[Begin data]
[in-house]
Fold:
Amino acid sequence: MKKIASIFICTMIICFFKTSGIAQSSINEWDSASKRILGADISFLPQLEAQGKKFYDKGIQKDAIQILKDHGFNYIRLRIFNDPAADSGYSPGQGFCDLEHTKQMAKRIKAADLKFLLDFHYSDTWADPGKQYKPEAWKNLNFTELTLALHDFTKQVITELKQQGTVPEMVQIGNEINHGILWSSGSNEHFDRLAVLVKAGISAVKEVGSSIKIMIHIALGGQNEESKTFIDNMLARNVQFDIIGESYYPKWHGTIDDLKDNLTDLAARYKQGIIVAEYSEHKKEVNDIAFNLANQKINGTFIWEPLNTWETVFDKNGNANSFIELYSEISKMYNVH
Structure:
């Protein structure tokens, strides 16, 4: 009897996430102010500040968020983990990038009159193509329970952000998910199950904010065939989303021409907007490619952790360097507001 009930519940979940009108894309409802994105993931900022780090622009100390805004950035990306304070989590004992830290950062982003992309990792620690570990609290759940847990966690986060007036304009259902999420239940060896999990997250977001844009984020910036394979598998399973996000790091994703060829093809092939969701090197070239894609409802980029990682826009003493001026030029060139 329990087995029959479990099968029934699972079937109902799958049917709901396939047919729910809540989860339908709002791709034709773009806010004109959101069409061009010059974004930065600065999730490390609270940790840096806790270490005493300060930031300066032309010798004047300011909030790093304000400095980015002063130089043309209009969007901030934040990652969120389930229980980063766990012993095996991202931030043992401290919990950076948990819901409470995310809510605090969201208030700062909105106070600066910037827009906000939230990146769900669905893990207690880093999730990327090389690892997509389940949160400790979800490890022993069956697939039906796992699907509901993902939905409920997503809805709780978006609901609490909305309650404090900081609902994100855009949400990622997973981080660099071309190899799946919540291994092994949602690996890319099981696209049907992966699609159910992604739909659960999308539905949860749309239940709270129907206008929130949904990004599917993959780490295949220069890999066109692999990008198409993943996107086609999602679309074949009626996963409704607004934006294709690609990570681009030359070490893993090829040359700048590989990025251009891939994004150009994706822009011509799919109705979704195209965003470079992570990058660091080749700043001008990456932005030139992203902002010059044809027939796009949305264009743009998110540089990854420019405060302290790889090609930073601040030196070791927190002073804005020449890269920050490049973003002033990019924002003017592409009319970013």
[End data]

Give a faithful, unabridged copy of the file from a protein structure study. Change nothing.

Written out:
[in-house]
Fold:
Amino acid sequence: MKKIASIFICTMIICFFKTSGIAQSSINEWDSASKRILGADISFLPQLEAQGKKFYDKGIQKDAIQILKDHGFNYIRLRIFNDPAADSGYSPGQGFCDLEHTKQMAKRIKAADLKFLLDFHYSDTWADPGKQYKPEAWKNLNFTELTLALHDFTKQVITELKQQGTVPEMVQIGNEINHGILWSSGSNEHFDRLAVLVKAGISAVKEVGSSIKIMIHIALGGQNEESKTFIDNMLARNVQFDIIGESYYPKWHGTIDDLKDNLTDLAARYKQGIIVAEYSEHKKEVNDIAFNLANQKINGTFIWEPLNTWETVFDKNGNANSFIELYSEISKMYNVH
Structure:
């Protein structure tokens, strides 16, 4: 009897996430102010500040968020983990990038009159193509329970952000998910199950904010065939989303021409907007490619952790360097507001 009930519940979940009108894309409802994105993931900022780090622009100390805004950035990306304070989590004992830290950062982003992309990792620690570990609290759940847990966690986060007036304009259902999420239940060896999990997250977001844009984020910036394979598998399973996000790091994703060829093809092939969701090197070239894609409802980029990682826009003493001026030029060139 329990087995029959479990099968029934699972079937109902799958049917709901396939047919729910809540989860339908709002791709034709773009806010004109959101069409061009010059974004930065600065999730490390609270940790840096806790270490005493300060930031300066032309010798004047300011909030790093304000400095980015002063130089043309209009969007901030934040990652969120389930229980980063766990012993095996991202931030043992401290919990950076948990819901409470995310809510605090969201208030700062909105106070600066910037827009906000939230990146769900669905893990207690880093999730990327090389690892997509389940949160400790979800490890022993069956697939039906796992699907509901993902939905409920997503809805709780978006609901609490909305309650404090900081609902994100855009949400990622997973981080660099071309190899799946919540291994092994949602690996890319099981696209049907992966699609159910992604739909659960999308539905949860749309239940709270129907206008929130949904990004599917993959780490295949220069890999066109692999990008198409993943996107086609999602679309074949009626996963409704607004934006294709690609990570681009030359070490893993090829040359700048590989990025251009891939994004150009994706822009011509799919109705979704195209965003470079992570990058660091080749700043001008990456932005030139992203902002010059044809027939796009949305264009743009998110540089990854420019405060302290790889090609930073601040030196070791927190002073804005020449890269920050490049973003002033990019924002003017592409009319970013």